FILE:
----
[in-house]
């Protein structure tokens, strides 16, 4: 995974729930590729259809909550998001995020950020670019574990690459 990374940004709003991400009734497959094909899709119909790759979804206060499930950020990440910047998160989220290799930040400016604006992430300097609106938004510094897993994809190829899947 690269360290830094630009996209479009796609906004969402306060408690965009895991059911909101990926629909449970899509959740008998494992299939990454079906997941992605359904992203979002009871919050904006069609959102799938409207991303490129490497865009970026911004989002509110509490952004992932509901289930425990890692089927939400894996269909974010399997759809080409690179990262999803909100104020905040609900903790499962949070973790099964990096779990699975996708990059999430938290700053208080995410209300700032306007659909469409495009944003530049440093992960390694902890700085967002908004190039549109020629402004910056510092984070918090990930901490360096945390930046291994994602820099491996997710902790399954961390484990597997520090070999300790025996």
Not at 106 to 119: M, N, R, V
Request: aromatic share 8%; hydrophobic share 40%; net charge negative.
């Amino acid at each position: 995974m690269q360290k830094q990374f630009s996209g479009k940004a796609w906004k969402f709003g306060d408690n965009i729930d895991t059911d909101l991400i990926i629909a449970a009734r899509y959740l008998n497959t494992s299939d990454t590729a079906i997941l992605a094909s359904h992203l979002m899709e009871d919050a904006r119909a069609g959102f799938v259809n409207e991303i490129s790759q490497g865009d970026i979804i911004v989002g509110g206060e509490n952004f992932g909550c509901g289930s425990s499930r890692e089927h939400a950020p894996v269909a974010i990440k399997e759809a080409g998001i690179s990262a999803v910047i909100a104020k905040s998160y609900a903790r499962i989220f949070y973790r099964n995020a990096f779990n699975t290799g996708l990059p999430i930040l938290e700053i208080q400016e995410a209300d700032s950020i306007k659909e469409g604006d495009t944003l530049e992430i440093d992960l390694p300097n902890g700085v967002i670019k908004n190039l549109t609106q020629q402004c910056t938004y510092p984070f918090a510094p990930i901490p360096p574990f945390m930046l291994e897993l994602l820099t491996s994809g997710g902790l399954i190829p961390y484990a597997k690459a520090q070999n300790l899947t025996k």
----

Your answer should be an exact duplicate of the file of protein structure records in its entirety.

[in-house]
């Protein structure tokens, strides 16, 4: 995974729930590729259809909550998001995020950020670019574990690459 990374940004709003991400009734497959094909899709119909790759979804206060499930950020990440910047998160989220290799930040400016604006992430300097609106938004510094897993994809190829899947 690269360290830094630009996209479009796609906004969402306060408690965009895991059911909101990926629909449970899509959740008998494992299939990454079906997941992605359904992203979002009871919050904006069609959102799938409207991303490129490497865009970026911004989002509110509490952004992932509901289930425990890692089927939400894996269909974010399997759809080409690179990262999803909100104020905040609900903790499962949070973790099964990096779990699975996708990059999430938290700053208080995410209300700032306007659909469409495009944003530049440093992960390694902890700085967002908004190039549109020629402004910056510092984070918090990930901490360096945390930046291994994602820099491996997710902790399954961390484990597997520090070999300790025996």
Not at 106 to 119: M, N, R, V
Request: aromatic share 8%; hydrophobic share 40%; net charge negative.
């Amino acid at each position: 995974m690269q360290k830094q990374f630009s996209g479009k940004a796609w906004k969402f709003g306060d408690n965009i729930d895991t059911d909101l991400i990926i629909a449970a009734r899509y959740l008998n497959t494992s299939d990454t590729a079906i997941l992605a094909s359904h992203l979002m899709e009871d919050a904006r119909a069609g959102f799938v259809n409207e991303i490129s790759q490497g865009d970026i979804i911004v989002g509110g206060e509490n952004f992932g909550c509901g289930s425990s499930r890692e089927h939400a950020p894996v269909a974010i990440k399997e759809a080409g998001i690179s990262a999803v910047i909100a104020k905040s998160y609900a903790r499962i989220f949070y973790r099964n995020a990096f779990n699975t290799g996708l990059p999430i930040l938290e700053i208080q400016e995410a209300d700032s950020i306007k659909e469409g604006d495009t944003l530049e992430i440093d992960l390694p300097n902890g700085v967002i670019k908004n190039l549109t609106q020629q402004c910056t938004y510092p984070f918090a510094p990930i901490p360096p574990f945390m930046l291994e897993l994602l820099t491996s994809g997710g902790l399954i190829p961390y484990a597997k690459a520090q070999n300790l899947t025996k």